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‘Guardians of the Galaxy Vol. 3’ Review: Raccoon Tears and a Final Mixtape

Animal lovers, comic book fans and unofficial arbiters of narrative continuity, action and style in the Marvel Cinematic Universe: lend me your ears. “Guardians of the Galaxy Vol. 3” is not the movie for you.

It’s probably two-and-a-half hours long, visually. ASPCA A movie nightmare only happens to perfectionist fans like me, arriving at the theater armed with overpriced popcorn in the hopes that Director James Gunns Can replicate the latest ramp and anti-gravity gamble. the first.

For those who need help demystifying their multiverse timeline, “Guardians” is the second film in the MCU’s worst Phase Five ever, followed by, to quote my colleague, “Completely un- affected”Ant-Man and the Wasp: Quantummania“It was the last time we caught the whole team of our beloved ruffians together.”Avengers: Infinity War“When Thanos (Josh Brolin) throws his adopted daughter and guardian of the galaxy, Gamora (Zoe Saldana), into the Abyss to retrieve one of the Infinity Stones, which he used to control half of the universe. (Kevin There were some dancing grotesques about kidnapping Bacon and a cute holiday special, but — sorry, Q — they were irrelevant.)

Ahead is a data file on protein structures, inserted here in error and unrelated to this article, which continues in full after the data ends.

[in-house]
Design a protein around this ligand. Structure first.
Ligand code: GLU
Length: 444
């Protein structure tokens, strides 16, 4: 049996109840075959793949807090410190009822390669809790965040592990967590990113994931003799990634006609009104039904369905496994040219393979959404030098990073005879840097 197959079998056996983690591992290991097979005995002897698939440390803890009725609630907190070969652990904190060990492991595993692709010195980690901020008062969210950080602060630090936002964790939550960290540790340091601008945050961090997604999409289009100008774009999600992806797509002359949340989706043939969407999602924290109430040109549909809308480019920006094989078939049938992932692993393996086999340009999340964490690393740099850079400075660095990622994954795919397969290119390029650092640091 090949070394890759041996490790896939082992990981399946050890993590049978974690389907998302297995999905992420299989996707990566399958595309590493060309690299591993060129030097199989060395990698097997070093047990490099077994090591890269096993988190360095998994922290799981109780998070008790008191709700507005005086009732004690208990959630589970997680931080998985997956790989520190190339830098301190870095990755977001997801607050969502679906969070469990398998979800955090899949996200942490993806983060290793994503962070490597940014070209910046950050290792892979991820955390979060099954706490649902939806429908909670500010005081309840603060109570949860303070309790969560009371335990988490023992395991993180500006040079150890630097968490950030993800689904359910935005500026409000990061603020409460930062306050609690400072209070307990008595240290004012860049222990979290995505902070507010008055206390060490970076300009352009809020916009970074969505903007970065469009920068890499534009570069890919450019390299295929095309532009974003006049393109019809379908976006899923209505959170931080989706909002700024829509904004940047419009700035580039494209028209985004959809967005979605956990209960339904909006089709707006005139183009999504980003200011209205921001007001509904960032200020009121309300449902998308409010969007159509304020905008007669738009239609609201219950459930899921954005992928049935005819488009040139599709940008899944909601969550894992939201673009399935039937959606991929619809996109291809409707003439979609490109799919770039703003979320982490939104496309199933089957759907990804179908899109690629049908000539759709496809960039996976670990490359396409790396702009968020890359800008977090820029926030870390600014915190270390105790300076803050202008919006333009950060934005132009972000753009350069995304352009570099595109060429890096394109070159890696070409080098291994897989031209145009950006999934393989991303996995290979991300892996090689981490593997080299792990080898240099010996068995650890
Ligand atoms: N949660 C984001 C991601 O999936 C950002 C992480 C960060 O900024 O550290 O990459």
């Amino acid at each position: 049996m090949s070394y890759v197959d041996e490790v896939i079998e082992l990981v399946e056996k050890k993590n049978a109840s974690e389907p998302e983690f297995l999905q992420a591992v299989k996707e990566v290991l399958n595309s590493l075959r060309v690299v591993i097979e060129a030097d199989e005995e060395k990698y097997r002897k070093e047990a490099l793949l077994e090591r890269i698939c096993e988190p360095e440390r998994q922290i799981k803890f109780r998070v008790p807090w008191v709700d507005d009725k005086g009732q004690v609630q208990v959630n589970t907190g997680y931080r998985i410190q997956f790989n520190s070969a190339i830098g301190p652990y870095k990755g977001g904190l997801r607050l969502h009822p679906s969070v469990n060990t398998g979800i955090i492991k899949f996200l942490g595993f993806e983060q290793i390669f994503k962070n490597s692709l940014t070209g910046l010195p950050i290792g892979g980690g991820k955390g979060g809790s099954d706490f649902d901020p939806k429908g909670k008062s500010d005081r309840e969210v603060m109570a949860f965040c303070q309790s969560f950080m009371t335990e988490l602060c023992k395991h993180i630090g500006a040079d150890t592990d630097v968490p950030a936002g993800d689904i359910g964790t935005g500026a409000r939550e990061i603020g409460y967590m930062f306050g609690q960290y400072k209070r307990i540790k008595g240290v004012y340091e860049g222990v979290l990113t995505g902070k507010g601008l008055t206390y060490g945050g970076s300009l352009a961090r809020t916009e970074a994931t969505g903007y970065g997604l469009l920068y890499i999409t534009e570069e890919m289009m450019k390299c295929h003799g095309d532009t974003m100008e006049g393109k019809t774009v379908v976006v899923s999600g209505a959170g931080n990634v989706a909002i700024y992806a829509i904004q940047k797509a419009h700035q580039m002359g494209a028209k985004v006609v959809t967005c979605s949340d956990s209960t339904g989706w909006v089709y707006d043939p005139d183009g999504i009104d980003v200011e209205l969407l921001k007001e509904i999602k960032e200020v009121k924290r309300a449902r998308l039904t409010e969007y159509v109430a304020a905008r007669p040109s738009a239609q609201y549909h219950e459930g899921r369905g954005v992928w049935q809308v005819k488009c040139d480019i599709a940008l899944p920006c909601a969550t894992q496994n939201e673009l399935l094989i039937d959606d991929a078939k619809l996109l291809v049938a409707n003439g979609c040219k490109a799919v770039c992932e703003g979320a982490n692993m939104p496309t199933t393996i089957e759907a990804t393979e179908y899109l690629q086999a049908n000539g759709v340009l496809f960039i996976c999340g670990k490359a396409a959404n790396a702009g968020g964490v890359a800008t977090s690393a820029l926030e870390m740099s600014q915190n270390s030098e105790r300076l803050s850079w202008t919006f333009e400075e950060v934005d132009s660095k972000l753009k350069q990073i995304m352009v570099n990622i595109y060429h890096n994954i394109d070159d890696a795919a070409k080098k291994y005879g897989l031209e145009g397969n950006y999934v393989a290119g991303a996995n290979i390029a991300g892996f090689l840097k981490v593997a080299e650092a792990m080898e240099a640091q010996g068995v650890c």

Now the Guardians are settling in Knowhere, a community in the severed head of a celestial that serves as their home base. With Gamora gone, Peter (Chris Pratt) aka Star-Lord, is still grieving, unaware of the fact that somehow Gamora—or rather, a type—is alive, his and the Guardians’. Deprived of memories. When, minutes into the film, Rocket (voiced by Bradley Cooper) suffers a fatal attack, the team is reunited with a hostile, partially amnesiac Gamora, who is reluctant to save him. They are dragged into their conspiracy.

While Rocket is in critical condition, Peter and company do some risky spying through Rocket’s traumatic backstory to figure out how to save his life and his pursuer, the High Evolutionary (Chakwudi Ioji). How to stop A powerful god-like figure, the High Evolutionary has genetically modified Rocket, other animals, and even children to create a perfect race to live in his imagined utopia. (Yes, that’s another Nazi-coded villain for your bingo card.)

Much of “Guardians 3” seems to come out of left field, most notably the main story, which is driven by Rocket, though Guardians is second-string to Star-Lord, the hero who drives most of the plot. has played The change makes sense given the film’s role as the end of a trilogy, resulting in a Guardians team with a different starting lineup and an unclear position in the context of the rest of the MCU. But this shift also feels jarring and emotionally manipulative. Scene after scene of CGI animals with big emotional eyes being shot, blown up, tortured and burned is as brutal as it gets. Clips of injured animals set to Sarah McLachlan’s song.